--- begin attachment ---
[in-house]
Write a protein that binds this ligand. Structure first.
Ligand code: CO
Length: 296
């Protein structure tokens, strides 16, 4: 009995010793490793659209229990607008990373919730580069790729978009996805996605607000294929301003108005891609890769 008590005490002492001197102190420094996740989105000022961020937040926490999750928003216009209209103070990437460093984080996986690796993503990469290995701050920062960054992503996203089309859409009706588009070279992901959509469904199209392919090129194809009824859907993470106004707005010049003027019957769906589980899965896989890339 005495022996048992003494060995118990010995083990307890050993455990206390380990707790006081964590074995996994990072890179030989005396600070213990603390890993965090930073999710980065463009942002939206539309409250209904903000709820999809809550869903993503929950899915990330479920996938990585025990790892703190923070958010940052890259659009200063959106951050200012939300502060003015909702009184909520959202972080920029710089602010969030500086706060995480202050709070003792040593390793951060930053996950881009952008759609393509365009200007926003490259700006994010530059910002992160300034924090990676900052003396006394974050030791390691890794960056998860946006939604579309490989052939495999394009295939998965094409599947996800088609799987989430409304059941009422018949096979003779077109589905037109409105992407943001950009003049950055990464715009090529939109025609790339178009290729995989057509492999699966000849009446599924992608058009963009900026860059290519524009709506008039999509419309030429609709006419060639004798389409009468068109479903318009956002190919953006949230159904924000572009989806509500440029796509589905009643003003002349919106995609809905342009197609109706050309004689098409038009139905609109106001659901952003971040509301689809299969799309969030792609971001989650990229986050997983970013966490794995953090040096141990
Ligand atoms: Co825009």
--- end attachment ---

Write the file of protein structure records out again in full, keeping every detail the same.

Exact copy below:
[in-house]
Write a protein that binds this ligand. Structure first.
Ligand code: CO
Length: 296
């Protein structure tokens, strides 16, 4: 009995010793490793659209229990607008990373919730580069790729978009996805996605607000294929301003108005891609890769 008590005490002492001197102190420094996740989105000022961020937040926490999750928003216009209209103070990437460093984080996986690796993503990469290995701050920062960054992503996203089309859409009706588009070279992901959509469904199209392919090129194809009824859907993470106004707005010049003027019957769906589980899965896989890339 005495022996048992003494060995118990010995083990307890050993455990206390380990707790006081964590074995996994990072890179030989005396600070213990603390890993965090930073999710980065463009942002939206539309409250209904903000709820999809809550869903993503929950899915990330479920996938990585025990790892703190923070958010940052890259659009200063959106951050200012939300502060003015909702009184909520959202972080920029710089602010969030500086706060995480202050709070003792040593390793951060930053996950881009952008759609393509365009200007926003490259700006994010530059910002992160300034924090990676900052003396006394974050030791390691890794960056998860946006939604579309490989052939495999394009295939998965094409599947996800088609799987989430409304059941009422018949096979003779077109589905037109409105992407943001950009003049950055990464715009090529939109025609790339178009290729995989057509492999699966000849009446599924992608058009963009900026860059290519524009709506008039999509419309030429609709006419060639004798389409009468068109479903318009956002190919953006949230159904924000572009989806509500440029796509589905009643003003002349919106995609809905342009197609109706050309004689098409038009139905609109106001659901952003971040509301689809299969799309969030792609971001989650990229986050997983970013966490794995953090040096141990
Ligand atoms: Co825009």